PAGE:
Telehealth as a basic service seems like a novel idea. But the core of telehealth is to provide equitable access to healthcare for all. We so typically think of all as “everyone like me, with my frustrations and my concerns” that we miss the bigger picture and it’s easy to think that losing telehealth is an inconvenience rather than a devastating move. But when all means the people in rural areas who typically must travel hours to access healthcare, or the millions of inner city residents who share one local doctor’s office, it becomes easier to understand that telehealth isn’t a novelty. It isn’t new. It isn’t “just for COVID.” It’s healthcare. Period.
From there, it’s not a significant leap to using telehealth to empower patients to take charge of and direct their own health. That’s because telehealth is, and can be, more than just logging in to a video session with a doctor. Done well, telehealth includes a collaborative digital environment where patients can review doctor’s appointments and notes; view, print, and transfer their medical records; view and download labwork and x-rays; ask their doctor and pharmacist questions when something seems amiss with medication; and even involve wellness coaches and nutritionists who can benefit from having access to patient data.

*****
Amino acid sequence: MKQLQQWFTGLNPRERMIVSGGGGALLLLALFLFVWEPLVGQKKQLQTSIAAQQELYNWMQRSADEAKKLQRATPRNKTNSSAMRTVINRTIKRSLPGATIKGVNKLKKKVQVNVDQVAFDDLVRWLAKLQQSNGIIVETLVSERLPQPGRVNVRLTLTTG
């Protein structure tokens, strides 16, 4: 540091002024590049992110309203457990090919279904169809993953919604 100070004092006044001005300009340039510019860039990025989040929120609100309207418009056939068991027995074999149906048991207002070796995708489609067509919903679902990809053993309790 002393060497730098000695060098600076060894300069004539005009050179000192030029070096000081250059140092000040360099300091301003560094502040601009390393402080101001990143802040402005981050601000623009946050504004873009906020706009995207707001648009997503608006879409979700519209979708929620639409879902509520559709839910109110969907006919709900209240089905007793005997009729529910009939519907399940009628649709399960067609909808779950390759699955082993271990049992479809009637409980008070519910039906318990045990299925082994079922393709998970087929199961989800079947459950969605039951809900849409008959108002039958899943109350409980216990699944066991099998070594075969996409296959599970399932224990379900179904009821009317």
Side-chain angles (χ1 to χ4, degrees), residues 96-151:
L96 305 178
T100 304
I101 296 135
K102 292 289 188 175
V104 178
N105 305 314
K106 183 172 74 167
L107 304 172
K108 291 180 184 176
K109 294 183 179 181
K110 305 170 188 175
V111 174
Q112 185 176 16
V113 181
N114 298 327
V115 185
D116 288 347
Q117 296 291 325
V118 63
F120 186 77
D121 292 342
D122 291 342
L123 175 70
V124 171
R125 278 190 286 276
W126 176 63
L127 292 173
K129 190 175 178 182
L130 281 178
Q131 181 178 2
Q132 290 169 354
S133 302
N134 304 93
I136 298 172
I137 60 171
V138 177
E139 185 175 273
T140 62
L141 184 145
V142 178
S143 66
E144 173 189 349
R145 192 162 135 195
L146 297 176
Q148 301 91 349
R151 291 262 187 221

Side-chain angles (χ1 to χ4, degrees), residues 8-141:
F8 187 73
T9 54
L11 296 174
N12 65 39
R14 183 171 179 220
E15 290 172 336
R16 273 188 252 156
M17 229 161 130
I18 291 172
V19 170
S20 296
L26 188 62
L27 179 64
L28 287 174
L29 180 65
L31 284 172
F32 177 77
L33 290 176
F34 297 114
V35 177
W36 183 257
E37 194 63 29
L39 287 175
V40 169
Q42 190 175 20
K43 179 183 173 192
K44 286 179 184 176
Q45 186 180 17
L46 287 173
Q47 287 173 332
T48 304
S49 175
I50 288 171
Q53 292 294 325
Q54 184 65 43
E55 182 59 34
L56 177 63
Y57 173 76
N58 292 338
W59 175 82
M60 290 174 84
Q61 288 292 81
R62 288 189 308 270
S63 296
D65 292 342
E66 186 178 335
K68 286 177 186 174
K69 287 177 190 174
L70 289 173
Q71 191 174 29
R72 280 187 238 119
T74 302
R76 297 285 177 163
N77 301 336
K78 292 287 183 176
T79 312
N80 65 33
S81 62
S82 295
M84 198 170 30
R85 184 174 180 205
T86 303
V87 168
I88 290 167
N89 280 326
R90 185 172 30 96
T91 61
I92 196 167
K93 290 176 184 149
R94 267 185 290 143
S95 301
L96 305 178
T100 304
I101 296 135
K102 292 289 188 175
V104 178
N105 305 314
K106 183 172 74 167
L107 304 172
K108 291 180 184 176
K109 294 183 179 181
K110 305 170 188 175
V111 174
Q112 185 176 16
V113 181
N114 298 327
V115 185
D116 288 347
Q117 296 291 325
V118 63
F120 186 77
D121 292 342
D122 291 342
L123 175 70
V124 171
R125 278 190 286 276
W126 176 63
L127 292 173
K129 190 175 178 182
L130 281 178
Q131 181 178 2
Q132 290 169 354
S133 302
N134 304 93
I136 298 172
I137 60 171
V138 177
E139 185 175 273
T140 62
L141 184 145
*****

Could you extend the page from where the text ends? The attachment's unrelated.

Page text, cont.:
The naysayers will cry that the public, and particularly those who have historically lacked access to healthcare, don’t have the knowledge or capability to understand labwork and x-rays, and that it would confound the process of providing quality healthcare. But reality is that healthcare is changing. Patients want to understand what’s happening to their bodies and they want to have a conversation. Whether that is in person or on video has nothing to do with it.
My company, HealthIV, is working to transform healthcare through a robust, expanded telehealth system that is custom-tailored to patients, and guides them through readily understandable, available, on-demand access to their own health data. Imagine receiving an alert, not only that bloodwork has been completed, but that your Vitamin D or Iron is low, and you should call your doctor for a followup.
Empowered patients are more invested in their health and wellness. We’ve known for years that those who understand, or are given the opportunity to understand, what’s happening with their health are more likely to engage and are healthier than those who don’t. And so there’s no reason not to facilitate patient empowerment.
The point of telehealth’s explosion may have been to protect people from COVID, but that’s not it’s only purpose. The value of telehealth to create equitable access to healthcare over the longterm and to empower patients to manage and direct their own health is already here. And it will continue to grow and shape healthcare whether health and wellness providers engage with it or not; the outcome will be better if we do. The future of telehealth is health. And it’s up to every provider to make it work in the favor of patients. Period.